All of that decision making was done through our design tools and our software and our simulator, our simulations, and the rule was put down and announced before any of those boats had ever been built. So, to see the boats now in the water and what they've become, and especially seeing the America’s Cup sailed in Auckland a few years ago, they really have revolutionised the sport. They are so exciting, they're so amazing to see up close, and they really are sort of a marvel of technology, the AC 75 class, and it's a real credit to the group that put those boats together. The really interesting and exciting thing about that is how quickly it has trickled down to the rest of sailing in a very short period of time, right down to children's sports and their entry into sailing. Everything now is about speed. Everything wants to be about foiling, whether it’s Moths or Waszps or whether it's foiling boards, wing boards, power boats with foils. All of those things have come very quickly, and a lot of that has come from the innovation that started with the foiling monohull, which is the AC 75!

What kind of innovations we can expect to see for the upcoming 37th America’s Cup?

Kevin Shoebridge: We're also asked quite frequently, what do we really want to achieve with AC 37, that was different in the past. And the answer there really is to really try and include more people in the sport. And that starts off with the inclusion this time of the Women's America's Cup and the Youth America’s Cup, which we've had amazing interest in.
And we're fully booked up with twelve teams in the Youth and twelve teams in the Women’s. So that's going to be a really exciting addition for AC 37. And it's real. It’s not a token gesture, it's real and it creates a real pathway for young sailors and women to finally get on those America's Cup boats. The AC 40 first came about probably for selfish reasons. To start with, we looked at AC 36 and where we needed to be stronger and we felt we needed to have more in house racing and the capability to race ourselves vigorously in house.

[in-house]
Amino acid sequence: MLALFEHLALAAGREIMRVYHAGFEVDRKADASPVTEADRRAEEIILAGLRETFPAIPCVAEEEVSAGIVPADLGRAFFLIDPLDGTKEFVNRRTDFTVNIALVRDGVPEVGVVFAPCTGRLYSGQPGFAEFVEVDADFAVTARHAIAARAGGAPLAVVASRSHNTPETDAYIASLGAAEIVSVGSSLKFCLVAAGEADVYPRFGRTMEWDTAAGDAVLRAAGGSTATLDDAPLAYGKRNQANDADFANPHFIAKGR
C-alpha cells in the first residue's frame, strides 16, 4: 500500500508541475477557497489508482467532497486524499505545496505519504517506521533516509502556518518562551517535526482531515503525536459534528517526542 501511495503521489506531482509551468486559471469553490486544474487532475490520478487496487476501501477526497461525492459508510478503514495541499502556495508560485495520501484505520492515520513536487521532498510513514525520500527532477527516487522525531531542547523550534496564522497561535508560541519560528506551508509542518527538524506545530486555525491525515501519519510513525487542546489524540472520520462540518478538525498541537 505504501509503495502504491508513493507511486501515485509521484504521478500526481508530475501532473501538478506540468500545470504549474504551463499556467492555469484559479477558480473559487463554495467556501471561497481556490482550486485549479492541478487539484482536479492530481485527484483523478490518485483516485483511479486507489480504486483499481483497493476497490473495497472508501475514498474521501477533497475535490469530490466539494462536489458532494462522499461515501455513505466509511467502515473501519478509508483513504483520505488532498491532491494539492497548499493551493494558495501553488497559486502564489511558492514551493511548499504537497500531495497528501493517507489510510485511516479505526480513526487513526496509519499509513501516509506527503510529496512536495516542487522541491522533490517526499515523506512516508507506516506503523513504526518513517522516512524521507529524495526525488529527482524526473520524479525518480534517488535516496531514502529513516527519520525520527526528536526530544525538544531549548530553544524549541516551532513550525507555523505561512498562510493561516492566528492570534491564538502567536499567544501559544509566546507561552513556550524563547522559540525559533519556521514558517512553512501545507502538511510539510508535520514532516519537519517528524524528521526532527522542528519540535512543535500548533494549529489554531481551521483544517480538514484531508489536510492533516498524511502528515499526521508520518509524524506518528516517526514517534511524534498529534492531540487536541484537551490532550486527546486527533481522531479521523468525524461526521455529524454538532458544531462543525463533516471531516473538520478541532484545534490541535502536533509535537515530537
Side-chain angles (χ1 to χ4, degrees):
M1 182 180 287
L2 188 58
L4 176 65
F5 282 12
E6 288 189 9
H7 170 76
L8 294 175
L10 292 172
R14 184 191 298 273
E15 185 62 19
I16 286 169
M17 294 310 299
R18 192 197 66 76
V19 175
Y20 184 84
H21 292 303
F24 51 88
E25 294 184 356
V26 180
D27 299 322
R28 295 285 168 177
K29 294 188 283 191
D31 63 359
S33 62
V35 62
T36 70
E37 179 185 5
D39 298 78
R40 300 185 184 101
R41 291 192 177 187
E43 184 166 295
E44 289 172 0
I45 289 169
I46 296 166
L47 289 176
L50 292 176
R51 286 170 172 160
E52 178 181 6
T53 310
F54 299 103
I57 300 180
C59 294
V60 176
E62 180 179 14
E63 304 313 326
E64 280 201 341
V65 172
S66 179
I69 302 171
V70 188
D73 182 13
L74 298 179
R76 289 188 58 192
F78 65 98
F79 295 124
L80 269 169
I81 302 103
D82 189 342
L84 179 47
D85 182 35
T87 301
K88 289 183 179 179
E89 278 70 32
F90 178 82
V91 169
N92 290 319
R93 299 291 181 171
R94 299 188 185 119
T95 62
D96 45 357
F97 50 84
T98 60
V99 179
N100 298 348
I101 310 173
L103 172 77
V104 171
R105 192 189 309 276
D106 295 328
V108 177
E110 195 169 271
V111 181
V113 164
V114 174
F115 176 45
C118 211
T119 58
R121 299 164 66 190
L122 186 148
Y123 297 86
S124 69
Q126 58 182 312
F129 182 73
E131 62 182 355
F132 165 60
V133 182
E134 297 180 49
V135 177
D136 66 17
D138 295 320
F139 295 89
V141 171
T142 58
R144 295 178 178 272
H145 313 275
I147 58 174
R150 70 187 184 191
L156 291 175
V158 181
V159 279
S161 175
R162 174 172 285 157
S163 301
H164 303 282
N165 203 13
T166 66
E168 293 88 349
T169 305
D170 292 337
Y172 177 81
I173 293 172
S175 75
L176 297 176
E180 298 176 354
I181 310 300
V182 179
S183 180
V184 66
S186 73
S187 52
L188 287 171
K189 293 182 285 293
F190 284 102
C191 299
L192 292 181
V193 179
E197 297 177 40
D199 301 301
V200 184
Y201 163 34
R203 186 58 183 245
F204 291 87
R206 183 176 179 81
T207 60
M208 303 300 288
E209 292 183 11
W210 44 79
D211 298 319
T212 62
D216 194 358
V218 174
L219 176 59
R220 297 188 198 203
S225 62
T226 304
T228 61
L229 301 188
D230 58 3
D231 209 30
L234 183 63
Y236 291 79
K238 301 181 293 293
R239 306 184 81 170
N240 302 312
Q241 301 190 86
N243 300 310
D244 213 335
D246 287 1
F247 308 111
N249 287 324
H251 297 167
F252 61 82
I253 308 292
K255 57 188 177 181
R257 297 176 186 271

So, we wanted a one design class to do that. We also wanted to create a class that was adaptable enough that it could be used as a testing tool, so we could test sales foils concepts at a much smaller scale, which would be less cost, and we could do it quicker. It would also provide a pathway for new teams to come into the America’s Cup.

Coming into the America’s Cup cold is very difficult when you don't have the technology behind you. So, the AC 40 was a step up there to allow teams the ability to come straight in and be competitive in the early regattas. Take the French, for example. This time. I don't think that would have been possible without the inclusion of the AC 40 class. So, it's been a real success so far. We're looking forward to Villanova. That’s the real first test, and I think the racing is going to be unbelievable. The Women's and Youth regattas in Barcelona next year will be huge event, and out of that, we are hoping that there’s going to be sailors that will be able to feed directly into Team New Zealand for AC 38!